Review: Le Week-End (2013)

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Cast: Lindsay Duncan, Jim Broadbent, Jeff Goldblum
Director: Roger Michell
Country: UK
Genre: Comedy | Drama
Official Trailer: Here


Editor’s Note: Le Week-End opens in limited release tomorrow, March 14th

“People have these romantic projections they put on everything,” Jesse tells Celine in Before Sunrise after she tells the story of her grandmother and the candle she kept burning for a youthful romance through her life. “That’s not based on any kind of reality.” That series’ success has stood in deflating the fantasy of romance across the course of time; it’s no mere coincidence that the latest movie, the bleakest—the realest—has been largely declared the best. If Jesse and Celine should keep making it to our screens, their fifth film might look a lot like Le Week-End, a relationship drama more pitched on resentment than romance, the reality-based answer to the idyllic image of an old couple on a park bench.

If Jesse and Celine should keep making it to our screens, their fifth film might look a lot like Le Week-End

le_week-end_2013_3It’s all off from the opening: scenes from the city of love set to the tune of a noir trumpet. The Paris of Le Week-End is not the stuff of picture postcards, no matter how keenly the couple at its heart might strain themselves to see the Eiffel Tower. Like that desperate effort to spot the sights from their less than luscious hotel room, this weekend break is a pretence, a tiptoe glance toward a distant attraction blocked by the barriers decades have wrought. That they celebrate their wedding anniversary—their thirtieth—at all is amusingly ironic enough in itself; to do so in a locale of lock-attested love is as if to push things toward parody.

If it’s our familiarity with those characters and the birth of the relationship between them that made the strained dynamic of Before Midnight seem so painful, it’s indicative of the incredible efforts of Jim Broadbent and Lindsay Duncan that theirs is every bit as exhausting a couple to see crumble. They conjure alone and in tandem a history expressed in their every interaction; we needn’t see flashbacks or hear stories to know the times these two have been through together. Hanif Kureishi’s script, so subtle in its evocation of romantic rue, would be wasted on anything but the finest cast; lucky, then, that director Roger Michell has found these two, whose every stray glance speaks of years spent wondering what might (not) have been.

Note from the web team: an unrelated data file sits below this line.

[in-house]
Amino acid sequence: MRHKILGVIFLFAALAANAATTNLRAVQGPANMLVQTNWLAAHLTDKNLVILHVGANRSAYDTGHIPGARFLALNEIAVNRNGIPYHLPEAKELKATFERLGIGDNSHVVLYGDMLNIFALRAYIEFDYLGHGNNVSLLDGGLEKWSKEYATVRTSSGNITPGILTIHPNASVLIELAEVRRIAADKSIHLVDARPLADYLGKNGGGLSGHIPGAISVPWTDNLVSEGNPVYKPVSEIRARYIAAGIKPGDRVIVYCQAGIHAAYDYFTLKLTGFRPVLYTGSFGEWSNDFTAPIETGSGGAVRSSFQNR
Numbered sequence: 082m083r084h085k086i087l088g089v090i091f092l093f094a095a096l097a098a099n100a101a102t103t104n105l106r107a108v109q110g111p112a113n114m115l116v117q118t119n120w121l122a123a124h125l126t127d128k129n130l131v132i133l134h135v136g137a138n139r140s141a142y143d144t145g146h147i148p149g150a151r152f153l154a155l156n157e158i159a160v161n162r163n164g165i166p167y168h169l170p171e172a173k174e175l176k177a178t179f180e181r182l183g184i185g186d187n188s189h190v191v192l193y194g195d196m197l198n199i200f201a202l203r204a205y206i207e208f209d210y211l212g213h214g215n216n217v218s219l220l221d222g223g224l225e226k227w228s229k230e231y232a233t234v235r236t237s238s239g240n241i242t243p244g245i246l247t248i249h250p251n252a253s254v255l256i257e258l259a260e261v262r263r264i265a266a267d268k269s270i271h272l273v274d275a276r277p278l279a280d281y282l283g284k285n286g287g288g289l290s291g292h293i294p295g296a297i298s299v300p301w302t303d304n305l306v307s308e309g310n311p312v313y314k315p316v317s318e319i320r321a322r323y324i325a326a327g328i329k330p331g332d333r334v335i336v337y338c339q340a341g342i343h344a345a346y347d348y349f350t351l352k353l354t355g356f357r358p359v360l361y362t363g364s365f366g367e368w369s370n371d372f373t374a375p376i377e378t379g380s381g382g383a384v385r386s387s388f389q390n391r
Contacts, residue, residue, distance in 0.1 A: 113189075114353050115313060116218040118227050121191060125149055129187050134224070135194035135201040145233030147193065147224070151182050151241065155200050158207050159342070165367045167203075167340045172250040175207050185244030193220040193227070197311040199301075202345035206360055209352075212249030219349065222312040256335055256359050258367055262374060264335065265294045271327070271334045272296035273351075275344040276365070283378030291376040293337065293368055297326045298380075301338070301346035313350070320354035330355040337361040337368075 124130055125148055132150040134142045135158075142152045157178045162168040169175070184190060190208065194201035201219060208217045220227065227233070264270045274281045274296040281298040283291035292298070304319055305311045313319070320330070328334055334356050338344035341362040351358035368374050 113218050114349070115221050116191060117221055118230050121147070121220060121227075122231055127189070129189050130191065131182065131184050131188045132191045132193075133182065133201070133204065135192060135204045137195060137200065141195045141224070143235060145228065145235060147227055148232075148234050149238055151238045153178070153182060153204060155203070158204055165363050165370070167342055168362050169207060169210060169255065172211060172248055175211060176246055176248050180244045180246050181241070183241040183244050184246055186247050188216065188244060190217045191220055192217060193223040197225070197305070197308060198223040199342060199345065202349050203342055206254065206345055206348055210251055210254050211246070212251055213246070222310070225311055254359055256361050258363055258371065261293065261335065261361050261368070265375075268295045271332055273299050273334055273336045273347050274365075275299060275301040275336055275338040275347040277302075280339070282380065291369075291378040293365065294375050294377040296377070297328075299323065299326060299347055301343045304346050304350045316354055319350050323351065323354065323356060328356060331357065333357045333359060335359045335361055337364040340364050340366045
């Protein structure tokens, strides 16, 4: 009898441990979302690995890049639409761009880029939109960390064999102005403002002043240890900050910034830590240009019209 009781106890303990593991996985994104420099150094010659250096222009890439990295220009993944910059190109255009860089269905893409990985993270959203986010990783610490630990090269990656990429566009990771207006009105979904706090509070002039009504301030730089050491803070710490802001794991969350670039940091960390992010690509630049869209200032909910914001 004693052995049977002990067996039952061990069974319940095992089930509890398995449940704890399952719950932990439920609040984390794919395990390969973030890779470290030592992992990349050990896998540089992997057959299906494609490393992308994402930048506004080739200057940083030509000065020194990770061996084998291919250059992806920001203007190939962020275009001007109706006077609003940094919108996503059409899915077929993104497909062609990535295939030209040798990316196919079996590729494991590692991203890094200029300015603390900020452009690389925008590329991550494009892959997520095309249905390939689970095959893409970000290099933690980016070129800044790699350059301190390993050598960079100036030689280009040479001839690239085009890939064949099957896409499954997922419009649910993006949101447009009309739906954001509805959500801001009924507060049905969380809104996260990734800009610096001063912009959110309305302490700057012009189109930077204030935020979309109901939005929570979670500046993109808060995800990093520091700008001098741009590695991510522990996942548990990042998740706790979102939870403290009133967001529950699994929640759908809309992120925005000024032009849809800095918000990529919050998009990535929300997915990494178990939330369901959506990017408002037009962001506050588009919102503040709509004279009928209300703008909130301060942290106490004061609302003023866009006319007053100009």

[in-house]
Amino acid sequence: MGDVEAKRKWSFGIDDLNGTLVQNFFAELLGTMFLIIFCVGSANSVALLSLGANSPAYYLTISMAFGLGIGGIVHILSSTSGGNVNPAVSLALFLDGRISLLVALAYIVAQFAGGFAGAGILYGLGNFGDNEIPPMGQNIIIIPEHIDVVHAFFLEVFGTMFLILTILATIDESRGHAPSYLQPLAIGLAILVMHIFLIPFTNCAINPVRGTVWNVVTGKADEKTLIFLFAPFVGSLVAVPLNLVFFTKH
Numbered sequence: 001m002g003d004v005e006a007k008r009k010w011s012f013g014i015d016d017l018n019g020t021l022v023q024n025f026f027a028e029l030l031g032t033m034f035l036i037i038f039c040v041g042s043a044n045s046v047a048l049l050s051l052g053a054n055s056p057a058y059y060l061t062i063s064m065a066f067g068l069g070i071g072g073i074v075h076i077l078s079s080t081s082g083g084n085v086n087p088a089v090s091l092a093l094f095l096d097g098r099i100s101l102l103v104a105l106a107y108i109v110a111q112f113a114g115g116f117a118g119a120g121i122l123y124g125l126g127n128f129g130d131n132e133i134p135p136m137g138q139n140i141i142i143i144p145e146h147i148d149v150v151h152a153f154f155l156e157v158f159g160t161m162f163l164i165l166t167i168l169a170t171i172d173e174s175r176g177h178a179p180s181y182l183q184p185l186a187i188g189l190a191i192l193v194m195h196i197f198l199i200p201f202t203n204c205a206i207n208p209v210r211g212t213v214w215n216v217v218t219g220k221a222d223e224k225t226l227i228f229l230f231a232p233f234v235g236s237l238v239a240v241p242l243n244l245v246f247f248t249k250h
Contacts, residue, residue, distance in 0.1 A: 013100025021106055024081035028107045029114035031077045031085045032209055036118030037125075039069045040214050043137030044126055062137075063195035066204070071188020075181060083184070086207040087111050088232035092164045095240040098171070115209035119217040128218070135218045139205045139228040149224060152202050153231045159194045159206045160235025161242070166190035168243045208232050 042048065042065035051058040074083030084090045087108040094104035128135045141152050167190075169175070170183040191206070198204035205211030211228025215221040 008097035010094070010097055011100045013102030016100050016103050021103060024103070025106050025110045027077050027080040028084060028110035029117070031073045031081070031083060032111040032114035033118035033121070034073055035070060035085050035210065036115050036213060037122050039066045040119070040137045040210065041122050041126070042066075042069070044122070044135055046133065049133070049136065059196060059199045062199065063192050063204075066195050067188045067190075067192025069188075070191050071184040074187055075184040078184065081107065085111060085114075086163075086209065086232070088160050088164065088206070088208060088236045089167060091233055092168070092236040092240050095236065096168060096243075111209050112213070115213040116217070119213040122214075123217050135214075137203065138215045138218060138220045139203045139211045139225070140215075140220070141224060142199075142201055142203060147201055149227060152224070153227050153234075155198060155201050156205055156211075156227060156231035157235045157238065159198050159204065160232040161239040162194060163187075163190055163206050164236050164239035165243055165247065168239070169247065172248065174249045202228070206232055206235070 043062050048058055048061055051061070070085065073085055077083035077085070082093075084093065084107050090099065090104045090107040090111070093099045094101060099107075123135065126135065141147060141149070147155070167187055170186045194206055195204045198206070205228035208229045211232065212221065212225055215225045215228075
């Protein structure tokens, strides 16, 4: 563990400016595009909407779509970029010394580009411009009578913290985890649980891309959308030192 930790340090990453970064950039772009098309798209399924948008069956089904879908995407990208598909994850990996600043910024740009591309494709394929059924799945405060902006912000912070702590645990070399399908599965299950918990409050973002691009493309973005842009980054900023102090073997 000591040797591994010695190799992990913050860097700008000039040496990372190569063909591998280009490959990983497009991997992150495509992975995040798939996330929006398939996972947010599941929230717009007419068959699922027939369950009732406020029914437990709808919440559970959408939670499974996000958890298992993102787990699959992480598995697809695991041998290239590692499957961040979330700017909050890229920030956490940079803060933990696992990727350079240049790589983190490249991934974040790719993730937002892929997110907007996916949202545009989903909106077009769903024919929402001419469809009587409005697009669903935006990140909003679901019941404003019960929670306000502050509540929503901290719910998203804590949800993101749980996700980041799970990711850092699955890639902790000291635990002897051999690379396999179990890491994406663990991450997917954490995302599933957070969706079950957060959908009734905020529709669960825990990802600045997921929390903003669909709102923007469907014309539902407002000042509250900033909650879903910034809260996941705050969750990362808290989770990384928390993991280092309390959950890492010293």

“You can’t not love and hate the same person,” Broadbent says sadly over a lunch; along with Michell’s marvellous camerawork, he and Duncan convince us.

le_week-end_2013_4There’s an immense shot early in the film where the two, having climbed to a vantage point to survey the scenery, are divided as he takes a call in the background while she gazes out in the foreground. It’s one of the many moments in which Michell—a malleable stylist—makes of the movie so much more than the marketing materials might have us think. His camera captures every tense little tic of annoyance, every minute shift from loving to loathing. “You can’t not love and hate the same person,” Broadbent says sadly over a lunch; along with Michell’s marvellous camerawork, he and Duncan convince us. The depths of their disgust with each other find match only in the peaks of the passion with which it’s alternated.

Starkly realist as the film may skew, it’s important to remember—much as it might be to the chagrin of those who bemoan the genre’s “demise”—that it is at heart a romantic comedy, however wearied and embittered a one. Be it in Broadbent’s brilliant bumbling or Kureishi’s wry, oft-scabrous wit, Le Week-End’s harsh truths come with a comic cushion to soften the blow. At times it’s even hilarious; Jeff Goldblum lunges wildly into the loopiness of a supporting role, stealing each of his scenes with a mad dash of decadent joy in the script’s richness. And yet there’s depth there too, even in this chaotic caricature of a man: if Le Week-End looks to be borne on the iconography of aged adoration, it’s only to turn the lights up on that ludicrous projection.

[notification type=”star”]74/100 ~ GOOD. Be it in Broadbent’s brilliant bumbling or Kureishi’s wry, oft-scabrous wit, Le Week-End’s harsh truths come with a comic cushion to soften the blow.[/notification]

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About Author

Ronan Doyle is an Irish freelance film critic, whose work has appeared on Indiewire, FilmLinc, Film Ireland, FRED Film Radio, and otherwhere. He recently contributed a chapter on Arab cinema to the book Celluloid Ceiling, and is currently entangled in an all-encompassing volume on the work of Woody Allen. When not watching movies, reading about movies, writing about movies, or thinking about movies, he can be found talking about movies on Twitter. He is fuelled by tea and has heard of sleep, but finds the idea frightfully silly.